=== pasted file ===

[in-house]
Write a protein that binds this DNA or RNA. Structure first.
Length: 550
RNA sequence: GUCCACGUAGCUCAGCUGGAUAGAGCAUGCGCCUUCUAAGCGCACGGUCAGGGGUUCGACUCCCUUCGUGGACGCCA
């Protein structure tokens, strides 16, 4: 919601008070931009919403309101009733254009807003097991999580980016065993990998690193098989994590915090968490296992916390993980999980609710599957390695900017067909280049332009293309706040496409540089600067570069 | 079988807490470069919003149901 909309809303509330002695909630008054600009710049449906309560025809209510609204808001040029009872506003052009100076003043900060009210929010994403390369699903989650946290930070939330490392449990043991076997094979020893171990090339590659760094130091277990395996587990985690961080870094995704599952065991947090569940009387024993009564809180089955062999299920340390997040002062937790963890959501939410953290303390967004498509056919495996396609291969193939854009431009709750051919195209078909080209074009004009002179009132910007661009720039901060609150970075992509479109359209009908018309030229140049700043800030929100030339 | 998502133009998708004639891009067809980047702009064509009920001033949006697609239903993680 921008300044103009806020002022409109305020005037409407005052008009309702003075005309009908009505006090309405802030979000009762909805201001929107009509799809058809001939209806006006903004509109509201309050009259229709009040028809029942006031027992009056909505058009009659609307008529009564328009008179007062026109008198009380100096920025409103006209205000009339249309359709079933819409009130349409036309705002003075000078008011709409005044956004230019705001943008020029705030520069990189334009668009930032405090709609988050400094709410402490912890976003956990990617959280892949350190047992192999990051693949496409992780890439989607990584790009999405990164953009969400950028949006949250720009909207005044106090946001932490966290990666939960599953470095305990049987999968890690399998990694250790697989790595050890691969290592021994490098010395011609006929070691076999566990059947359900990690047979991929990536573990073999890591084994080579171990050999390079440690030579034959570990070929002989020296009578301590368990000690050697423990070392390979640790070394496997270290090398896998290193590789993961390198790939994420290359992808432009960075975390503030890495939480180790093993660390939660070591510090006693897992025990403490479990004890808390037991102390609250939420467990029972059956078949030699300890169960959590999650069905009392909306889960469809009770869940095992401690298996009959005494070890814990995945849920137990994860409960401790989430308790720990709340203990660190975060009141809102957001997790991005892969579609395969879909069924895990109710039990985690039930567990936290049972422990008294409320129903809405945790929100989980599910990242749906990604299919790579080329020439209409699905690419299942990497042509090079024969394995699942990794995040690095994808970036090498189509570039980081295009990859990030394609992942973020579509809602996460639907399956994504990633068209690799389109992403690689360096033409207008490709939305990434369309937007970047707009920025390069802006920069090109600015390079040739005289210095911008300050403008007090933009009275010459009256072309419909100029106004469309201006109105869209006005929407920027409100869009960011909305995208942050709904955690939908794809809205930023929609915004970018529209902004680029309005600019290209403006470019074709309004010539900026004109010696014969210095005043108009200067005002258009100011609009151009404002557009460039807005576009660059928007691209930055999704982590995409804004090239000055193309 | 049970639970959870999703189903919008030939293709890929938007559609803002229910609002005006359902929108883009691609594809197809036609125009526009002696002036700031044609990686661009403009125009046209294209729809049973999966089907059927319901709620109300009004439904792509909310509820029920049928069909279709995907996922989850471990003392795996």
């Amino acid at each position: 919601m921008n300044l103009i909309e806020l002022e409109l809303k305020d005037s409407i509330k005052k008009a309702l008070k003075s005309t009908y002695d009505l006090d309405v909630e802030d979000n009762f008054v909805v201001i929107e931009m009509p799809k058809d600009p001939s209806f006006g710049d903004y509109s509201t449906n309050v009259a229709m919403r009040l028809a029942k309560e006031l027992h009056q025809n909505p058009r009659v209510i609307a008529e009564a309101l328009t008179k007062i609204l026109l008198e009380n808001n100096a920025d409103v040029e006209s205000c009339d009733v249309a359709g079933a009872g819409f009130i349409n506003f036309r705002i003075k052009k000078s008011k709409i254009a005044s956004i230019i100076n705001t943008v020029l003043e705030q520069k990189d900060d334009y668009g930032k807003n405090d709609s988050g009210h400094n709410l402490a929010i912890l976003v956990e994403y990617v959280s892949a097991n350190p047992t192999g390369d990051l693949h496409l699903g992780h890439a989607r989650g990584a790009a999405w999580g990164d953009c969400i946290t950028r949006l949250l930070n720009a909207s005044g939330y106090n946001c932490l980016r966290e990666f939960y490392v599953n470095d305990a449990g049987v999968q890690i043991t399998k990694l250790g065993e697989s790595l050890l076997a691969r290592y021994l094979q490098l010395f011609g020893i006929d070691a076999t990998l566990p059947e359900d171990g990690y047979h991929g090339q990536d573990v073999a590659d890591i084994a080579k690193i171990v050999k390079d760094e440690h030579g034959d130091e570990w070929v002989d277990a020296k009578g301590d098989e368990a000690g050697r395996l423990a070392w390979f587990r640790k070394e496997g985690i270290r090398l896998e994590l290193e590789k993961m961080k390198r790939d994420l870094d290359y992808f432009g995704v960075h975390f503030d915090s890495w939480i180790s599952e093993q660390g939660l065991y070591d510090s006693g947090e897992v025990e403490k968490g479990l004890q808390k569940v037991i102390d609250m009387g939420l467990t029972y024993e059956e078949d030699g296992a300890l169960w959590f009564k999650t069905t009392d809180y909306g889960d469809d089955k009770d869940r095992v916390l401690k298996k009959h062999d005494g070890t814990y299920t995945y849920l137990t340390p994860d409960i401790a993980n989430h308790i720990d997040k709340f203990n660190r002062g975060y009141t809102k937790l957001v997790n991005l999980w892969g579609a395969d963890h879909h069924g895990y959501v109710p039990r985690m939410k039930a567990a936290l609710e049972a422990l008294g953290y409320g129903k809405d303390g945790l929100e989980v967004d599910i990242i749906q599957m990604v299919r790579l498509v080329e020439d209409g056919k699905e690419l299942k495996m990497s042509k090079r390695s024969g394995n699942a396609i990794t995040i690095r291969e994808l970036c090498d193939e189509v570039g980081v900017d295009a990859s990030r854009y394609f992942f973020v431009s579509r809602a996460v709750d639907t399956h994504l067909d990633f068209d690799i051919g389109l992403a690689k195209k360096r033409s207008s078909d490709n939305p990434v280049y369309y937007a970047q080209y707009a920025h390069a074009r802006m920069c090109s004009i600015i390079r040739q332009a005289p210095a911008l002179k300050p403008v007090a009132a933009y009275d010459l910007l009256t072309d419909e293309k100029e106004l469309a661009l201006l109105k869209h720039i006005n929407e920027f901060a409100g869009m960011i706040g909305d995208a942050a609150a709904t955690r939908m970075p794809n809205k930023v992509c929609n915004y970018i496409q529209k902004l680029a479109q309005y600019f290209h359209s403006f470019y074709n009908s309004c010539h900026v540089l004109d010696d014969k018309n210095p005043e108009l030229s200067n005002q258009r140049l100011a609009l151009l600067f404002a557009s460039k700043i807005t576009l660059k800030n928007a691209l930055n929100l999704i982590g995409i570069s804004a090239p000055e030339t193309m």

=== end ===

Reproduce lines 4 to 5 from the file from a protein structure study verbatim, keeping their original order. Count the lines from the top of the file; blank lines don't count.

RNA sequence: GUCCACGUAGCUCAGCUGGAUAGAGCAUGCGCCUUCUAAGCGCACGGUCAGGGGUUCGACUCCCUUCGUGGACGCCA
């Protein structure tokens, strides 16, 4: 919601008070931009919403309101009733254009807003097991999580980016065993990998690193098989994590915090968490296992916390993980999980609710599957390695900017067909280049332009293309706040496409540089600067570069 | 079988807490470069919003149901 909309809303509330002695909630008054600009710049449906309560025809209510609204808001040029009872506003052009100076003043900060009210929010994403390369699903989650946290930070939330490392449990043991076997094979020893171990090339590659760094130091277990395996587990985690961080870094995704599952065991947090569940009387024993009564809180089955062999299920340390997040002062937790963890959501939410953290303390967004498509056919495996396609291969193939854009431009709750051919195209078909080209074009004009002179009132910007661009720039901060609150970075992509479109359209009908018309030229140049700043800030929100030339 | 998502133009998708004639891009067809980047702009064509009920001033949006697609239903993680 921008300044103009806020002022409109305020005037409407005052008009309702003075005309009908009505006090309405802030979000009762909805201001929107009509799809058809001939209806006006903004509109509201309050009259229709009040028809029942006031027992009056909505058009009659609307008529009564328009008179007062026109008198009380100096920025409103006209205000009339249309359709079933819409009130349409036309705002003075000078008011709409005044956004230019705001943008020029705030520069990189334009668009930032405090709609988050400094709410402490912890976003956990990617959280892949350190047992192999990051693949496409992780890439989607990584790009999405990164953009969400950028949006949250720009909207005044106090946001932490966290990666939960599953470095305990049987999968890690399998990694250790697989790595050890691969290592021994490098010395011609006929070691076999566990059947359900990690047979991929990536573990073999890591084994080579171990050999390079440690030579034959570990070929002989020296009578301590368990000690050697423990070392390979640790070394496997270290090398896998290193590789993961390198790939994420290359992808432009960075975390503030890495939480180790093993660390939660070591510090006693897992025990403490479990004890808390037991102390609250939420467990029972059956078949030699300890169960959590999650069905009392909306889960469809009770869940095992401690298996009959005494070890814990995945849920137990994860409960401790989430308790720990709340203990660190975060009141809102957001997790991005892969579609395969879909069924895990109710039990985690039930567990936290049972422990008294409320129903809405945790929100989980599910990242749906990604299919790579080329020439209409699905690419299942990497042509090079024969394995699942990794995040690095994808970036090498189509570039980081295009990859990030394609992942973020579509809602996460639907399956994504990633068209690799389109992403690689360096033409207008490709939305990434369309937007970047707009920025390069802006920069090109600015390079040739005289210095911008300050403008007090933009009275010459009256072309419909100029106004469309201006109105869209006005929407920027409100869009960011909305995208942050709904955690939908794809809205930023929609915004970018529209902004680029309005600019290209403006470019074709309004010539900026004109010696014969210095005043108009200067005002258009100011609009151009404002557009460039807005576009660059928007691209930055999704982590995409804004090239000055193309 | 049970639970959870999703189903919008030939293709890929938007559609803002229910609002005006359902929108883009691609594809197809036609125009526009002696002036700031044609990686661009403009125009046209294209729809049973999966089907059927319901709620109300009004439904792509909310509820029920049928069909279709995907996922989850471990003392795996």